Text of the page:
+ dialect X. + medical). (i) connotations of emotion (+ emotive [i. + plain.Baldinger 1968): 101 (a) connotations of speech level (connotative values such as + elevated. (c) connotations of geographical relation or origin (+ non-regional. (d) connotations of medium (+ spoken language. The achievement of connotative equivalence is one of the hardest problems of translation. and then relate these to the connotative dimensions of a given target language. + vulgar). etc). 3. e. (b) connotations of socially determined usage (+ student language. Wilss (1974:37) speaks of "usage norms" because both SL and TL have certain pre-established schemata of linguistic expression. Further research could examine problematic cases in translations of particular texts.g. focusing on particular lexical and syntactic areas that are connotatively "loaded" (cf. In a similar sense. + descriptive. with the support of stylistic studies). Boecker 1973).. using emotive language to describe a given topic]. + American English. to analyse their features and structural elements. in his discussion of translation criticism. (e) connotations of stylistic effect (+ archaic. 1 A major task of translation theory is to characterize the connotative dimensions of individual languages (e. + euphemistic. instructions for use. etc). + neutral). Legal contracts.e. + normal. + military usage. + ironic. fashionable. + uncommon). + pejorative. -(g) connotations of register (+ normal usage. + written). + poetic. +. this makes it all the more important to set up corpus-oriented studies of individual languages and texts. + pompous. etc). and also the translation procedures involved in the area of connotation. + technical. (h) connotations of evaluation (+ positively evaluative. scientific texts and the like all follow lexical and syntactic norms of both selection and usage (i. + educated class. (f) connotations of frequency (+ common. business letters. + colloquial. + artifical. accepted . + slang.g. + working-class language. and can seldom be absolute.e. norms of style). etc). to translate in accordance with these norms is to aim at textnormative equivalence.

5. and addresses its readers with different presuppositions. by exploiting the formal possibilities of the TL or even by creating new forms if necessary. From this point of view. and hence also interlingually conventionalized to some extent. syntax. Lexis. 102 The description and correlation of these patterns of speech usage in particular text types is an important goal of a translation theory oriented towards two given languages. This may . then. Now.e. obligatory patterns of language usage in a variety of actual communication situations. This kind of research can make good use of the methods and results of functional text analysis. into a form that will reach the intended receivers. and establish the principles and procedures whereby pragmatic equivalence can be achieved. translation theory should analyse the communicative conditions appropriate for different receiver groups in different language-pairs and texts. Heger 1976).g. the expectations that the reader brings to a given type of text. it often happens that a text .or even must . To achieve formal equivalence in a TL text is to produce an "analogy of form" in the translation.e. Reiss (1976: 21) describes this kind of equivalence as follows: It [the translation] orients itself towards the particular character of the work of art. The concepts of "usage norm" and "functional norm" introduce a pragmatic point of view: in observing the usage norms for particular texts one takes account of the linguistic/textual expectation norm. and in fact edited. A translation of a political commentary which sought to persuade the original readers to a particular political action usually has a different function in the target language. a legal text . 4.. means translating the text for a particular readership (see e.g. and they must be correlatable. these norms are basically intralingual. style and structure are manipulated in such a way that they bring about in the target language an aesthetic effect which is analogous to the expressive individual character of the source text.forms of linguistic behaviour and restrictive rules. . i.needs to be translated in such a way that the TL text does not follow the usage norms. because the TL readership is not restricted to a narrow circle of legal experts. In such a case the text must be translated. be comprehensible to them. connotative or even denotative equivalence. where the communicative effect of the translation therefore lies in the TL realization of quite specific performance norms. The achievement of pragmatic equivalence.result in deviating from the requirements of text-normative. taking as its guiding principle the author's creative will. which looks at the functionally differentiated.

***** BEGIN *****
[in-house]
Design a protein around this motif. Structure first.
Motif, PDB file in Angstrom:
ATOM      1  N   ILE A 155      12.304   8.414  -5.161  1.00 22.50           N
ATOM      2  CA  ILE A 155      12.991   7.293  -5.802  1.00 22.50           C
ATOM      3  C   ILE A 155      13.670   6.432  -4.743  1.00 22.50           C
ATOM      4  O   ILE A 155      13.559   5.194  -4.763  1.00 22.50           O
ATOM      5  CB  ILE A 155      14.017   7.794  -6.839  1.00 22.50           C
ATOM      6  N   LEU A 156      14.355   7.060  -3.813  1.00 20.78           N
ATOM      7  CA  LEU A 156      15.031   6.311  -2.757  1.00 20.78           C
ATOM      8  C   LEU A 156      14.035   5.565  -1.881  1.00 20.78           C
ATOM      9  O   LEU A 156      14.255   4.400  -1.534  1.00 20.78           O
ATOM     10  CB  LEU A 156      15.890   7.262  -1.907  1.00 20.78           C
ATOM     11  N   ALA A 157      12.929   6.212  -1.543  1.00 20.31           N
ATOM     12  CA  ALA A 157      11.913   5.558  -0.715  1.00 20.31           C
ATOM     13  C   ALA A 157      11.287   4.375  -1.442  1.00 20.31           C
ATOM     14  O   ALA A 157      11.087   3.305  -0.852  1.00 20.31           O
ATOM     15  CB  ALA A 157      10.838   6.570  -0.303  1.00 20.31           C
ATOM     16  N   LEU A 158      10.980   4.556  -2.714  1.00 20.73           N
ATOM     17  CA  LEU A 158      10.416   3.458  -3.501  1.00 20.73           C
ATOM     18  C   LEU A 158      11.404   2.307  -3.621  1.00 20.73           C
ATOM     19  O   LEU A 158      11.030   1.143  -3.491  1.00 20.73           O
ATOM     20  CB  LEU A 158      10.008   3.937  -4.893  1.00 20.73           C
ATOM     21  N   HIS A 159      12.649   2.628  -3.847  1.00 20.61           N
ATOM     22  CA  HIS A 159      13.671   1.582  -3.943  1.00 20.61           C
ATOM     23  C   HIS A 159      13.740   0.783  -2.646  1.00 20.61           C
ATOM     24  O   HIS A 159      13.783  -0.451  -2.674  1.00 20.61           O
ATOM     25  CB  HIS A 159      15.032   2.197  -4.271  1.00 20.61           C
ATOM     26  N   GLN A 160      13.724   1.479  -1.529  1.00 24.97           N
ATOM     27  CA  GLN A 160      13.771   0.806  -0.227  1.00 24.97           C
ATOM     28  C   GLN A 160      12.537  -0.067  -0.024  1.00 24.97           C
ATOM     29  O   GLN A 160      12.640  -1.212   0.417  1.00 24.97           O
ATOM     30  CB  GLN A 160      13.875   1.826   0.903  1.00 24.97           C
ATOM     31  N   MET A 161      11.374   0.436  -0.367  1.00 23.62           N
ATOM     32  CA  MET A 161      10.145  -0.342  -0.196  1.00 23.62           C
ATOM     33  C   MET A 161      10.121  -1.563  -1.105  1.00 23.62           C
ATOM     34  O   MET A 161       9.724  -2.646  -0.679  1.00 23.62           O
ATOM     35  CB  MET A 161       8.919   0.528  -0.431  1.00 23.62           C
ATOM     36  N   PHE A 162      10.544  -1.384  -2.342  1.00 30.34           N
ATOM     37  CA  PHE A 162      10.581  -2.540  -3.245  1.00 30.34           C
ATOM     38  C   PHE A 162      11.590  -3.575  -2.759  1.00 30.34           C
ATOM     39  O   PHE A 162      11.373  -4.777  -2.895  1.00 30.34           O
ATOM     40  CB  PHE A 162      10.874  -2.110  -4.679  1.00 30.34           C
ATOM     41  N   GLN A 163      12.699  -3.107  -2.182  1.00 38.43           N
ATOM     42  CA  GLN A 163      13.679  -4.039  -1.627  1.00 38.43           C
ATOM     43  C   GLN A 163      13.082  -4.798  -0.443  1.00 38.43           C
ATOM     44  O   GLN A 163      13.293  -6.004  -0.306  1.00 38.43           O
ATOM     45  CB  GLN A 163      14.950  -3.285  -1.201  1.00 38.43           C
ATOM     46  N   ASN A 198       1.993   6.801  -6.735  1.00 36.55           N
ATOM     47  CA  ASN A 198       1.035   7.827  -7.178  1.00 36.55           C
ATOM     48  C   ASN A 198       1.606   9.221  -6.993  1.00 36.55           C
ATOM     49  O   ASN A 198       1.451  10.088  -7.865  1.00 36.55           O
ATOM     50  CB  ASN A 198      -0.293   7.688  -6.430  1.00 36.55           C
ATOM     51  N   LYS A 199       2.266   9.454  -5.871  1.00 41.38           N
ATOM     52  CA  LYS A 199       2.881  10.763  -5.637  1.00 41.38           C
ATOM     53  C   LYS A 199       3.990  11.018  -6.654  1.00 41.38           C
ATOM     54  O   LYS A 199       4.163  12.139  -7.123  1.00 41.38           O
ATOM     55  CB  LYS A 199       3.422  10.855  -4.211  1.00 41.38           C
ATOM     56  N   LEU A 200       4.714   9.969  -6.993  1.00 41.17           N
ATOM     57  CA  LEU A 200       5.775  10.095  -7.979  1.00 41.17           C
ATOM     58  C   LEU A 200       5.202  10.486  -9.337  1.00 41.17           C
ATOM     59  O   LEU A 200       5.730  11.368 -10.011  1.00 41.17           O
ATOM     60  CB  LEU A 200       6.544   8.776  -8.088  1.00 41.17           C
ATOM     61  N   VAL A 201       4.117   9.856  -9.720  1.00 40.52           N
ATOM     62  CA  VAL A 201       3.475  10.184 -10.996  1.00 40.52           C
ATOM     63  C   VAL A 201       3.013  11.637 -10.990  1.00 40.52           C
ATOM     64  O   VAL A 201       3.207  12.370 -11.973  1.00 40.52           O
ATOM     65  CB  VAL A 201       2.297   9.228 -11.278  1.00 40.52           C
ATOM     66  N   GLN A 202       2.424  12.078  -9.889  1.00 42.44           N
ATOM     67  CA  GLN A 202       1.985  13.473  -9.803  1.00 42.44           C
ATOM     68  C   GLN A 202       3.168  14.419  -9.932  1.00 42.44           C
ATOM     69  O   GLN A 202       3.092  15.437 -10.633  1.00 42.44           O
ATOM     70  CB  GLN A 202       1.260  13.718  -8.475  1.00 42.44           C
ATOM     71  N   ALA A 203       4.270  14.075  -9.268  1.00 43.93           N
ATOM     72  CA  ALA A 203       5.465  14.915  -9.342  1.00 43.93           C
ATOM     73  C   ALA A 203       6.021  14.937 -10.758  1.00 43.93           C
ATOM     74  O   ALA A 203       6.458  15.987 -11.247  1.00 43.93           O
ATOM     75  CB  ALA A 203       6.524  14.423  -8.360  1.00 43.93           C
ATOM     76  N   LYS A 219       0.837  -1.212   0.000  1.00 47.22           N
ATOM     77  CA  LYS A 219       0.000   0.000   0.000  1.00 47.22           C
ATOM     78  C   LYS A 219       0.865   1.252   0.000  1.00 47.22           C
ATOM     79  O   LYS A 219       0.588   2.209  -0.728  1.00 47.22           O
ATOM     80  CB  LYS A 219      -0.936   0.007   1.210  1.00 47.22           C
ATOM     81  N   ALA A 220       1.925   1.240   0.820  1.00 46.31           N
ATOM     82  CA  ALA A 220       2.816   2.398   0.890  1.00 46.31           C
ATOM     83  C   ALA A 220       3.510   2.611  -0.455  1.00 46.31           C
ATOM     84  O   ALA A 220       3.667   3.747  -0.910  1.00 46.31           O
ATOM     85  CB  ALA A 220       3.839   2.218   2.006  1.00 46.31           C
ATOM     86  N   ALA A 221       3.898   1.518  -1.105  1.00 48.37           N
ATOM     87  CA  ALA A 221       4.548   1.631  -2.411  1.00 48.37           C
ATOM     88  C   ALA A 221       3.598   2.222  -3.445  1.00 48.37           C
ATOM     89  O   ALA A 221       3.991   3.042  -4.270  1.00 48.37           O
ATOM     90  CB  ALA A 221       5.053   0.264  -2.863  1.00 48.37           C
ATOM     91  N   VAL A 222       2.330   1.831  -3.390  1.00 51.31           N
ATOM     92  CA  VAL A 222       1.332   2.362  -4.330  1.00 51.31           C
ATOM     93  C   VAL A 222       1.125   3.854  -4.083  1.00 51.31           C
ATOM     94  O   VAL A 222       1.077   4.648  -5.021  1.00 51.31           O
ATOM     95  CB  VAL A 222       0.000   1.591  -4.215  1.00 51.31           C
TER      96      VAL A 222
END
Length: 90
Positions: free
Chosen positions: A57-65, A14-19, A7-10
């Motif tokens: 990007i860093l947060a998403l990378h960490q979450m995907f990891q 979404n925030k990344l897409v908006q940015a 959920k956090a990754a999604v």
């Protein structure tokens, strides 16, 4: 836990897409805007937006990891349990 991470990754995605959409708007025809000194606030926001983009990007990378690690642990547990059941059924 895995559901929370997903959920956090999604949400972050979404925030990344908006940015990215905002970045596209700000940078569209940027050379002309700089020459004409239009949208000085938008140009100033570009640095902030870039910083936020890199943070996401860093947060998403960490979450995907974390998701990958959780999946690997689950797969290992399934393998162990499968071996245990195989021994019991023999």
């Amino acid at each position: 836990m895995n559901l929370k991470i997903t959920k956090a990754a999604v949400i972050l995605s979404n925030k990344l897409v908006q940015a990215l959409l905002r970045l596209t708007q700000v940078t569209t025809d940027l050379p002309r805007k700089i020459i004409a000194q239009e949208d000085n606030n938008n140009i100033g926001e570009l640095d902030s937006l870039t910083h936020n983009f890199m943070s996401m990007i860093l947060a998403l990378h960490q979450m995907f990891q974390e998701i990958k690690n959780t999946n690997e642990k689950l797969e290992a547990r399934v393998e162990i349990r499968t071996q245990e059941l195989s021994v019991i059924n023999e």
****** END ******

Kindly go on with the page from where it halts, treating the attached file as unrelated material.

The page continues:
translation theory needs to analyse the possibilities of formal equivalence with the respect to categories such as rhyme.every segment of a text. It is an urgent task for translation theory . and also with . 104 . In his study of the translation of scientific and technical literature. metaphor and so on. from this he can derive a hierarchy of equivalence requirements for the text or segment in question.Here. There already exist a large number of individual literary studies of different texts and authors. 6. rhythm. the translator who conciously makes such a choice must set up a hierarchy of values to be preserved in the translation. This in turn must be preceded by a translationally relevant text analysis. word play. Jumpelt (1961: 46) refers with good reason to the empirical fact that "translation carinot guarantee a global. and there are also some general discussions of literary translation such as those of Kloepfer (1967). 103 special stylistic forms of expression in syntax and lexis. Levy (1969) and Savory (1968).to develop a methodology and conceptual apparatus for this kind of text analysis." With every text as a whole. verse forms. undifferentiated preservation of all values. translation always involves the necessity of a choice.and one on which no more than some preliminary work has so far been done . and to bring together and systematize such analyses in terms of translationally relevant typologies of textual features.

You're Reading a Free Preview

/*********** DO NOT ALTER ANYTHING BELOW THIS LINE ! ************/ var s_code=s.t();if(s_code)document.write(s_code)//-->